SHE MET WITH Granville Sharp as planned; she pledged her support through deeds and words. The little man in the chocolate-coloured suit, whose smile was even warmer than his brother’s, welcomed her at his bachelor’s rooms at The Temple, gave her tea and a soft wet kiss on each hand. The unsolicited visit of a girl such as Nell was a sign from heaven that the tide was turning, that the slaves’ long night was at last about to end. His religious imagery came thick and fast, though he assured her he was no more pious than the next man. Such language came of seeking favour from rich and godly folk pledged to his cause through religious fervour alone. What he needed was more men and women of rational conscience, whether high born or low. Nell being the daughter of Sir George Cooper, such a lion of the trade, was a real find, the best he’d had. He’d begun to think he was fighting his noble cause alone, that the slave traders and their black gold were winning hands down.
‘My father is not a slave trader,’ she said, ‘he is a slave owner.’ She couldn’t help splitting hairs on his behalf, as if the buying of human beings and working them to death was more excusable than trading them as merchandise. Old habits died hard, but she was trying.
‘My dear, it matters little which he is,’ said Mr Sharp, ‘as the end product is the same. Whether he buys or sells his human cargo, he helps perpetuate an unnecessary evil.’
‘And does that mean Father is evil?’
Mr Sharp sighed heavily and turned his face aside. She saw the family nose in profile, how his chin curled upwards to meet its downward hook like a witch or a crone. But the effect was not unkindly, no more so the cadaverously prominent jaw line, the hollow cheeks and deep set eyes. His work alone was what sustained him. And though the weight of business had aged him prematurely, there was a sparkle of alertness in his features, an eponymous sharpness to go with his name. He sat down and rose again all in the same motion. Nell’s question demanded a political answer from a man who, as he’d said himself, was no politician.
‘My dear, his like have to be defeated. Or to put it mildly, they have to be won over. They must see the error of their ways.’ He had been as diplomatic as he could.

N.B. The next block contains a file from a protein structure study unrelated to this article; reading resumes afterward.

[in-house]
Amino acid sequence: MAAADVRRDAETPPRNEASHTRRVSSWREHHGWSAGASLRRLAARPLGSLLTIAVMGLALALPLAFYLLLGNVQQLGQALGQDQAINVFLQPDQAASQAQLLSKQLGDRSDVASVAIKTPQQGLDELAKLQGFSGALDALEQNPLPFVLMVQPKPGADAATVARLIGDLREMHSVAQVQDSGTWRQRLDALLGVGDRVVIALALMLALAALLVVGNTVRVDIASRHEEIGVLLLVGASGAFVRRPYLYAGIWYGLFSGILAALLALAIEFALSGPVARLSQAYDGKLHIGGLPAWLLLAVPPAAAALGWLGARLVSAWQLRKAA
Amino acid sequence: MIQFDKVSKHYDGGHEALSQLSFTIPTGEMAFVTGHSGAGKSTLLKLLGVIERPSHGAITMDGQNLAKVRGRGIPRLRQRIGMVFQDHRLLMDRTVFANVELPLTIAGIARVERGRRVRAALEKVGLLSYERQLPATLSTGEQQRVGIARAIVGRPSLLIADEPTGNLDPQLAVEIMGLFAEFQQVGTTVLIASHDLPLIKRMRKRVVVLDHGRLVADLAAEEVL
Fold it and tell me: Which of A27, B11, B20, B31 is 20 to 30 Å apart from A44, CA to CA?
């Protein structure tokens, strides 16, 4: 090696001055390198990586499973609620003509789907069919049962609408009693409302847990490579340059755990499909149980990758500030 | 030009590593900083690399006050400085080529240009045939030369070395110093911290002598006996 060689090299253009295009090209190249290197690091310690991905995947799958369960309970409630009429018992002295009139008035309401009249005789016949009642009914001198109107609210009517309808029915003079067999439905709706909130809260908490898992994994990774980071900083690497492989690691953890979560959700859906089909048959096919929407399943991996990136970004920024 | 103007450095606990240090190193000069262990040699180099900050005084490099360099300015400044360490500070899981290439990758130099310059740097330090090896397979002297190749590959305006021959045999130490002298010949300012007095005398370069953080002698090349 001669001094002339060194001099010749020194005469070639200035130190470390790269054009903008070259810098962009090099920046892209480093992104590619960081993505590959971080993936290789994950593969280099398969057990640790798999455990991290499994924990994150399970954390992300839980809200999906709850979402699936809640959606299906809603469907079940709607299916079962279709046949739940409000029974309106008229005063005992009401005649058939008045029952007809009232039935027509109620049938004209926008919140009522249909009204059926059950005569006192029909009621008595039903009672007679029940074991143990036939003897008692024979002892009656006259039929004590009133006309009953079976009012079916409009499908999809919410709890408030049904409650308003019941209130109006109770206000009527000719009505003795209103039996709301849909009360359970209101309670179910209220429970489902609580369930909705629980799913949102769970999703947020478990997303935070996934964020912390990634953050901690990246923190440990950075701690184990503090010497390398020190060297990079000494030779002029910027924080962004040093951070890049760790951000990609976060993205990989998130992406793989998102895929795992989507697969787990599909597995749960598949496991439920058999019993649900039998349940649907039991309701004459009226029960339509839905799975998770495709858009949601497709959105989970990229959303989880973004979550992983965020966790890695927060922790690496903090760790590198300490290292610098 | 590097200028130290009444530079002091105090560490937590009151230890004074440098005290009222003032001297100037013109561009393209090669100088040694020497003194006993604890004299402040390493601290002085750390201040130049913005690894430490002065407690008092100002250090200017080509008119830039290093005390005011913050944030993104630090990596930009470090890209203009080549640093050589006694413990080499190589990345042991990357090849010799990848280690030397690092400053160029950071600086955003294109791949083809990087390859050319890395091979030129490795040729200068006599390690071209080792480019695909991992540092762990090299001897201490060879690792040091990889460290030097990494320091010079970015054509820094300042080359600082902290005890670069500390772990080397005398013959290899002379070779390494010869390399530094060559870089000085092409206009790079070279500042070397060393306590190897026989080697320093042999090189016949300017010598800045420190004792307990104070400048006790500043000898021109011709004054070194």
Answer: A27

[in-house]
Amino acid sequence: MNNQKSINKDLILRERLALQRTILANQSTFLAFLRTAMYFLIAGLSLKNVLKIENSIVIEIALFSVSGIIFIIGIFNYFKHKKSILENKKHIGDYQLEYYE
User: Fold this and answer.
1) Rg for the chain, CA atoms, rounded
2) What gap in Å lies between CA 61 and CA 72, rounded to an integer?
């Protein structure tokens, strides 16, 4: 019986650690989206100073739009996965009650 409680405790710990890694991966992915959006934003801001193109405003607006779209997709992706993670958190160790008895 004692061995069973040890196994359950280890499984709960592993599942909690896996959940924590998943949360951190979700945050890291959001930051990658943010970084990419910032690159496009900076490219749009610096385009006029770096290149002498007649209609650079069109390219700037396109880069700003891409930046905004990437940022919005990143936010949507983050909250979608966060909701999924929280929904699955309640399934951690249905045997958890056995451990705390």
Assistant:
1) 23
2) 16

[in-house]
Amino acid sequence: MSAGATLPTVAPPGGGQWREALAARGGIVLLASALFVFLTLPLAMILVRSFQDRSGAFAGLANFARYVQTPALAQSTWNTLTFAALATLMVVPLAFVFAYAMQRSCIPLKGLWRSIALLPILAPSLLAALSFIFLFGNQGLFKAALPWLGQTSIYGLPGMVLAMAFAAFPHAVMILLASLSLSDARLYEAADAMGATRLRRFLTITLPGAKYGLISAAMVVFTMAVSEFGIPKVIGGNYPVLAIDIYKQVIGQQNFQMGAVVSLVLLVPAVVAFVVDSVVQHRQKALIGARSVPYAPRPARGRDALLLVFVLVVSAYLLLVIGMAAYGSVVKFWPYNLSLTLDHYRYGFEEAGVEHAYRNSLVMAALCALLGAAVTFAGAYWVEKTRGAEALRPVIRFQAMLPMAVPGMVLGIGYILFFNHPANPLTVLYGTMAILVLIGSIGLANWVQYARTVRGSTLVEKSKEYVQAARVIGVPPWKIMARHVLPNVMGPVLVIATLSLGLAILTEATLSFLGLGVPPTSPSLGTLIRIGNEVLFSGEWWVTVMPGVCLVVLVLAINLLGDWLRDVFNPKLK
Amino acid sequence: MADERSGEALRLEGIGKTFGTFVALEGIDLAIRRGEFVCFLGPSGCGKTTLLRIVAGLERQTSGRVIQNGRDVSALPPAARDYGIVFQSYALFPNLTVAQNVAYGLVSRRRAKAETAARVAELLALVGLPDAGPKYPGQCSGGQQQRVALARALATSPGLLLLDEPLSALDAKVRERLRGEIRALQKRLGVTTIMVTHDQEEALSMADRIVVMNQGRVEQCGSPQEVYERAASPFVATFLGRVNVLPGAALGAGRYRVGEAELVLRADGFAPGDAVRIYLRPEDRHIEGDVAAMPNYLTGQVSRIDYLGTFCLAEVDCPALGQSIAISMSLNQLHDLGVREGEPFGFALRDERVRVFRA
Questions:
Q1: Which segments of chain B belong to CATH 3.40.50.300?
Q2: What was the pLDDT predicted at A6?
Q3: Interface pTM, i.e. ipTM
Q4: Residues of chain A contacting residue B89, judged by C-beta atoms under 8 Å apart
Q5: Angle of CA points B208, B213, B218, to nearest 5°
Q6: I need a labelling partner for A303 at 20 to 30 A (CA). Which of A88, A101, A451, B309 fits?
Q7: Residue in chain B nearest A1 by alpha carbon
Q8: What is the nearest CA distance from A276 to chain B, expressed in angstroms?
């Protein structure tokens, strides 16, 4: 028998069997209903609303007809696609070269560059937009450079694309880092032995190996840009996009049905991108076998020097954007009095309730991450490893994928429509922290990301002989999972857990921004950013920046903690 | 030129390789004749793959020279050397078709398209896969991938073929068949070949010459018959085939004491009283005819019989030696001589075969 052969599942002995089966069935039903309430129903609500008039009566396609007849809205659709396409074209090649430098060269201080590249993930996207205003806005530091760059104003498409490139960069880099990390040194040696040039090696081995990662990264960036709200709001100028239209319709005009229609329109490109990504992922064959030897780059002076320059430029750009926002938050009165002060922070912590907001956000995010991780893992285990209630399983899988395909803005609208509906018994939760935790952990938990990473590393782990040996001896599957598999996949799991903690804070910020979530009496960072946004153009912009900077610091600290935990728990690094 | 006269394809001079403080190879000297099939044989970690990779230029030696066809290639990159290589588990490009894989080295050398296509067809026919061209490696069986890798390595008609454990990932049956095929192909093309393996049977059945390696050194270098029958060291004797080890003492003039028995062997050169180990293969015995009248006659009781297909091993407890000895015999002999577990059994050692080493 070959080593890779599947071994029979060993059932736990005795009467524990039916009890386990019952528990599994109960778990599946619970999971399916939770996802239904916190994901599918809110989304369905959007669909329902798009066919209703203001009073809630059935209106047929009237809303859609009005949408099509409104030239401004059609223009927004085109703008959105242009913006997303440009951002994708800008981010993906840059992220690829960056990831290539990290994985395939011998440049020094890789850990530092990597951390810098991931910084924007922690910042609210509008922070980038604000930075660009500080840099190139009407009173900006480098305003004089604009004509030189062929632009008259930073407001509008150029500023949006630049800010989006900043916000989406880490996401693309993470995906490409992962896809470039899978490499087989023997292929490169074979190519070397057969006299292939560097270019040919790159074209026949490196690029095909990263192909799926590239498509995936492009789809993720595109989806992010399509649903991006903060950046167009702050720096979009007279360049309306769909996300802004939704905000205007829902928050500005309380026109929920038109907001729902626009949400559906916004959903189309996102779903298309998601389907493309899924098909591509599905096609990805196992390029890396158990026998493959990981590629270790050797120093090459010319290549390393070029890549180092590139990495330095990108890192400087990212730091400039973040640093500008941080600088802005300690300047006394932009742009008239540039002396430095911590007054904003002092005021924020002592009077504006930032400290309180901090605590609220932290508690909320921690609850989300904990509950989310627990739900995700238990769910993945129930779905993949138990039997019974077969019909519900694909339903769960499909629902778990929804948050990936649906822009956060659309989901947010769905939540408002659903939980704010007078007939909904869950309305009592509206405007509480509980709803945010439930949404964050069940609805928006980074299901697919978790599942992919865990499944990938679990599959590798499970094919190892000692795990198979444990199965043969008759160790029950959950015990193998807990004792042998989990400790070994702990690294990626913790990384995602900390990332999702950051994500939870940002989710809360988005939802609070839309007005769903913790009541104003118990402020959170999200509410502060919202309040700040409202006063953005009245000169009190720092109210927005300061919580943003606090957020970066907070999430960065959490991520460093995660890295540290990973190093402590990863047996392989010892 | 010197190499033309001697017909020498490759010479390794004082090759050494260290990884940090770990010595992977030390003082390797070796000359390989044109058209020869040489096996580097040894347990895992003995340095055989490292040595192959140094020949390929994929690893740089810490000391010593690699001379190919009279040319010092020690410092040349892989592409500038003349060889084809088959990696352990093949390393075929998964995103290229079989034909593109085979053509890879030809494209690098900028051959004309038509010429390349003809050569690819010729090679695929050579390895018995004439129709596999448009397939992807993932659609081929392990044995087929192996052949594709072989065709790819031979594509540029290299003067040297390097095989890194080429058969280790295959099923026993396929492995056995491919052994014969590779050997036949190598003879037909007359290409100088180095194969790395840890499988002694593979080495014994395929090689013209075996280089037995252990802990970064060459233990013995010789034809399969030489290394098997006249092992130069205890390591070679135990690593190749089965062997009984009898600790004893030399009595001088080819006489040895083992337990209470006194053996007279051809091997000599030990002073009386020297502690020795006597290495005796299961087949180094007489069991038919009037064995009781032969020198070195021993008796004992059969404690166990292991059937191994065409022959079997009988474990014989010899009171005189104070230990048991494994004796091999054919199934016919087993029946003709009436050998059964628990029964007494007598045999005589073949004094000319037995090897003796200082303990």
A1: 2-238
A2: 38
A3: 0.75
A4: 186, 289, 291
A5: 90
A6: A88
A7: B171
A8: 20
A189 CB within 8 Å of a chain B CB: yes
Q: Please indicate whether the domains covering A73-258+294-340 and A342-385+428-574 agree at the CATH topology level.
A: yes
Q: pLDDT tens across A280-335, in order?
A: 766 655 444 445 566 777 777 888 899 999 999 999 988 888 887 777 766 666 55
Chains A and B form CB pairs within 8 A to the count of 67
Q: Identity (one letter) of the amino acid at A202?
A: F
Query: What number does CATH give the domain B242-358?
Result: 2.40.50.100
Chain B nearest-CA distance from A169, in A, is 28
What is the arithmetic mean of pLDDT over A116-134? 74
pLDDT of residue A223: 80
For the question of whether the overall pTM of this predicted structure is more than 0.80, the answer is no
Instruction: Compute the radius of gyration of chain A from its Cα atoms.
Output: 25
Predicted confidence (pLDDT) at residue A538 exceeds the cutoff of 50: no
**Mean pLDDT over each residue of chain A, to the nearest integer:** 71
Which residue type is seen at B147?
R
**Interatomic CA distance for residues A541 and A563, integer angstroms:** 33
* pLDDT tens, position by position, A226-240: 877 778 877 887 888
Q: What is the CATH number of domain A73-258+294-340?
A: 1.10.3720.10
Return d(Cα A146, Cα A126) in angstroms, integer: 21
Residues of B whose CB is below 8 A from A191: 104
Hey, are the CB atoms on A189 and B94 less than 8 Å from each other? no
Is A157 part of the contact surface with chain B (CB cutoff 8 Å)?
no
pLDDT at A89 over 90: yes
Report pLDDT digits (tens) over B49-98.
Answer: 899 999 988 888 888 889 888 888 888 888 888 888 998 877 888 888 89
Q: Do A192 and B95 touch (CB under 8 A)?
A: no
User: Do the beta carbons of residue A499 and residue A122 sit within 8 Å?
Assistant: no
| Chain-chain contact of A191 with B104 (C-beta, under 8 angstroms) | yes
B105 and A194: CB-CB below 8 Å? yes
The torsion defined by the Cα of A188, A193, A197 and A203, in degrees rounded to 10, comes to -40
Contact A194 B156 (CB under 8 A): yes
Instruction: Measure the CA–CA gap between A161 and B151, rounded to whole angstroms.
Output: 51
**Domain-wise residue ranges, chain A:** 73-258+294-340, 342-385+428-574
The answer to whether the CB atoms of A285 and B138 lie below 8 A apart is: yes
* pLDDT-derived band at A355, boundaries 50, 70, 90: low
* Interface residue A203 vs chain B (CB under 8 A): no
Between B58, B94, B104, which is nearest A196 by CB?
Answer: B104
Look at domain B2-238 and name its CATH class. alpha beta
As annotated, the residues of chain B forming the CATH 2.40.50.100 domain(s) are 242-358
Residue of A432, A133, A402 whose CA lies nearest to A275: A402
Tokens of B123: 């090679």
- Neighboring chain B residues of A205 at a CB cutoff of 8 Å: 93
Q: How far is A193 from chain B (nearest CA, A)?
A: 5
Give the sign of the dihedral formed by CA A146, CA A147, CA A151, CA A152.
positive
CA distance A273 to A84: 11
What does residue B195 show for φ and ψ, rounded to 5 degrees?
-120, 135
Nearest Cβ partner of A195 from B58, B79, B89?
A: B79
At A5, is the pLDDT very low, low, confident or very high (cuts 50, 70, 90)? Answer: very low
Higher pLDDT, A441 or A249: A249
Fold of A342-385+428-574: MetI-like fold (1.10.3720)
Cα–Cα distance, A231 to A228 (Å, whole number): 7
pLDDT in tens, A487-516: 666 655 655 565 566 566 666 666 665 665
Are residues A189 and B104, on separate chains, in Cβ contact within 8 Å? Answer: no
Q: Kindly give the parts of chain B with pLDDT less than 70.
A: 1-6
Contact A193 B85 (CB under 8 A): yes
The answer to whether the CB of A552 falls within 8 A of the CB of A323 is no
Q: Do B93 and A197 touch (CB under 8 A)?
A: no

‘Either way we have a fight on our hands,’ said Nell, stroking the frills of her shift and her sackback robe. Her clothes were the finest her father’s money could buy, but already she was thinking this: could she manage without them, could she wear something plain and be just as content? If she could do so here, in London, she could do so anywhere.
Granville Sharp, relishing that mention of a shared fight, kissed her hands a second time. They had, both knew it, reached an accord.
It was the first of several such talks in the space of a week. They talked in his chambers and in the houses of his friends (one of whom, a master tailor with a good heart, had taken Hector at his own expense); they talked in taverns frequented solely by the black fraternity. She saw more kindness in a handful of hours than she’d seen in her whole life; she saw cheeriness in the face of adversity; resignation before hardship, poverty and loss. Most of all she saw hope undiminished, a flame that would burn till liberation day. At her side throughout, explaining and advising, sat Mr Sharp, who never asked her for a penny of her money. Nor did she offer any, for the plain fact was she had none to give.
And so it continued. And so her resolve hardened. She was out for an hour or two each day, pleading excuses to her father, grateful to Joe for saying nothing, though it did his cause no good. She kept up appearances where she could, the tea parties, the shops and the endless idling strolls. The evenings were the worst. They were spent at receptions, balls and dinner parties where slavery was visible on every floor, and which, now it was under threat, was often a topic of conversation. The pro-slavery lobby was Sir George’s, and the same was true of his friends. More often than not Nell was in turmoil. It was only a question of time before she was found out. Night after night her tongue was bitten, till one night her tongue bit back and all the company heard.
The occasion was a gathering at the Grovesnor Square house of Sir Graham Plunkett, another rich planter who was more a rival of her father’s than a friend. Blanching moonshine, nearer blue than white, shone through the dining room windows, and with so much silver on show and so much gilt, Nell’s eyes grew sore with the dazzle. There was something foreboding in all that reflected light, some from the moon, some from the candles and the flame-leaping fire, which she’d felt from the start. They were past the main course of fricassee of rabbit, were dipping spoons into sloppy white syllabubs laced with rum and Demerara sugar while Sir George, lavishly dressed with too many frills and patterns, waxed lyrical on the beauties of Barbados. His audience listened intently and clapped appreciatively at the finish. He made a mock bow and drank another glass of blood-red wine from his host’s well-stocked cellar, sparring playfully with the buxom widow fresh out of mourning on his right. He whispered about the killing fevers in the Caribbean, how a fever burned in his head right now, and she was the cause. His hand was patting hers, and his face was straying nearer as if she might grant him a kiss. She didn’t need much coaxing, and her pink dress was the nearest thing to a blush as she fingered the stiff black bow appended to the back of his wig.